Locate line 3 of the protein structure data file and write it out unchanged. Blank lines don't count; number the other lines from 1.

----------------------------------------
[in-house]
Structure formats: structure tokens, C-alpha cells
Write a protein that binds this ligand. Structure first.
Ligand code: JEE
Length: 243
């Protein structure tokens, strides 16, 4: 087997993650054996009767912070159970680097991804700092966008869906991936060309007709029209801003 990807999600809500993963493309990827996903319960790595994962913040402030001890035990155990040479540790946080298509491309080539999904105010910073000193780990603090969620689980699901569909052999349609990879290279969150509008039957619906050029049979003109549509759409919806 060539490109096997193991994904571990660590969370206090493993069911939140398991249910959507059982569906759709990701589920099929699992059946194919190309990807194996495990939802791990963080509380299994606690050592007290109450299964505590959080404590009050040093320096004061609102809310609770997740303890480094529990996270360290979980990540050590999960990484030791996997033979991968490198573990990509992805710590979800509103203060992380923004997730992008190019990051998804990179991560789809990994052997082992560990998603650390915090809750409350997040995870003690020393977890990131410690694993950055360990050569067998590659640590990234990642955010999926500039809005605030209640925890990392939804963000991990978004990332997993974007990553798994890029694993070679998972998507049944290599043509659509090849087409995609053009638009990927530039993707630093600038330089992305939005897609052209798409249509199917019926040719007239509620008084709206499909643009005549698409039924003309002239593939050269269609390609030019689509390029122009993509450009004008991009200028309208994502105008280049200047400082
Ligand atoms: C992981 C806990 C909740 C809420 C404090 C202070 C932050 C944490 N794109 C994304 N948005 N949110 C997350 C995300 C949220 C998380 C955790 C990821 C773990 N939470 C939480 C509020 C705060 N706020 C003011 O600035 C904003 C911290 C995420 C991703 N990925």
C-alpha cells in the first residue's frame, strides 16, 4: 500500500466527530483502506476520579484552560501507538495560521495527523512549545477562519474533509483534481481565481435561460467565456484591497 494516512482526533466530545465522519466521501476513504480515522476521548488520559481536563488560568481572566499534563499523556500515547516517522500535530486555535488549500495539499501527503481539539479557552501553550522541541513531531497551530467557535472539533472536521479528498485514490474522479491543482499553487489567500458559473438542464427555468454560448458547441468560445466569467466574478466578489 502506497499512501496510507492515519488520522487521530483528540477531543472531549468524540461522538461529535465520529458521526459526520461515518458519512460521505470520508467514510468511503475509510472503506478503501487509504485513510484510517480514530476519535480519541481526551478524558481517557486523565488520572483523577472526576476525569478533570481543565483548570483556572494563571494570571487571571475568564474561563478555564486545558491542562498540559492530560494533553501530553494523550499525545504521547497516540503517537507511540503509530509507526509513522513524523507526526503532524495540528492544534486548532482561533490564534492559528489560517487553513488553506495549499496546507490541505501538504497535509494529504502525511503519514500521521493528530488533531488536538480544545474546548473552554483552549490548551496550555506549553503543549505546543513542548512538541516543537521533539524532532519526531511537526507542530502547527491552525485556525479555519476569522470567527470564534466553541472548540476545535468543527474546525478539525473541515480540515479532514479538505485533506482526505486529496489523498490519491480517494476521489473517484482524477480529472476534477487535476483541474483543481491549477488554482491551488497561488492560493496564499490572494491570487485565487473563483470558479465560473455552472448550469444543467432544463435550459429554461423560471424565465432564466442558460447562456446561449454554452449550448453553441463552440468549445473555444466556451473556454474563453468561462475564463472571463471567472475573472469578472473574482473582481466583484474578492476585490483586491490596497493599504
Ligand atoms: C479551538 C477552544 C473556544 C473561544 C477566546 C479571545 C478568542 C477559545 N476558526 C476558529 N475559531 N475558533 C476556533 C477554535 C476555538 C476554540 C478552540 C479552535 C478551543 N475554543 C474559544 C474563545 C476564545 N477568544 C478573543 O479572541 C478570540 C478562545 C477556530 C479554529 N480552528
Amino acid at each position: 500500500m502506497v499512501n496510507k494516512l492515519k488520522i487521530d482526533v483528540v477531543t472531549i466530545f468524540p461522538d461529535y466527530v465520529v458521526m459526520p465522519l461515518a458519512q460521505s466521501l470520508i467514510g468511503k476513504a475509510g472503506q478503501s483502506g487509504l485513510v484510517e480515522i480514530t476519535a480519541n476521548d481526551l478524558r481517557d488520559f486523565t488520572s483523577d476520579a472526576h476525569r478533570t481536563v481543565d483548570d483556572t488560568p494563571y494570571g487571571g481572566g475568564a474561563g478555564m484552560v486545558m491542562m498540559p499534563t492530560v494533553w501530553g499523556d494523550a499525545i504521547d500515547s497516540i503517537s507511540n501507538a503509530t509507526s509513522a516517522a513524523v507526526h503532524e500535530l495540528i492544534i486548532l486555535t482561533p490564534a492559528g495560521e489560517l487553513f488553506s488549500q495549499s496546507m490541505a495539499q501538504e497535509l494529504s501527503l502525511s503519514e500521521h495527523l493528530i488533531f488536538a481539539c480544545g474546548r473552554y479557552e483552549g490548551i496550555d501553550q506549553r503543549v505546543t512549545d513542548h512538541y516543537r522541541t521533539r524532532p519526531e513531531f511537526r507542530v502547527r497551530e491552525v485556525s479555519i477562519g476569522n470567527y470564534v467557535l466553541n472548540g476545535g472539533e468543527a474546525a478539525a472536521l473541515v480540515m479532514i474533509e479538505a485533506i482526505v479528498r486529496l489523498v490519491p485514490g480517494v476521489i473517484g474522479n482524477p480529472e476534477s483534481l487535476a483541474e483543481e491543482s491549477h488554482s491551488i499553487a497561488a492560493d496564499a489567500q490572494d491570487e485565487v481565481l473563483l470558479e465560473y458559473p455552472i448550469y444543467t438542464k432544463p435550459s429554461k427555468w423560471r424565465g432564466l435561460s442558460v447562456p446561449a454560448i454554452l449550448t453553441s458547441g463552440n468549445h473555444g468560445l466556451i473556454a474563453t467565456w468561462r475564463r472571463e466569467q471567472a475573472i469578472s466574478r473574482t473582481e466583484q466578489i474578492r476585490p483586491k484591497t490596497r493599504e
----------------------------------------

Write a protein that binds this ligand. Structure first.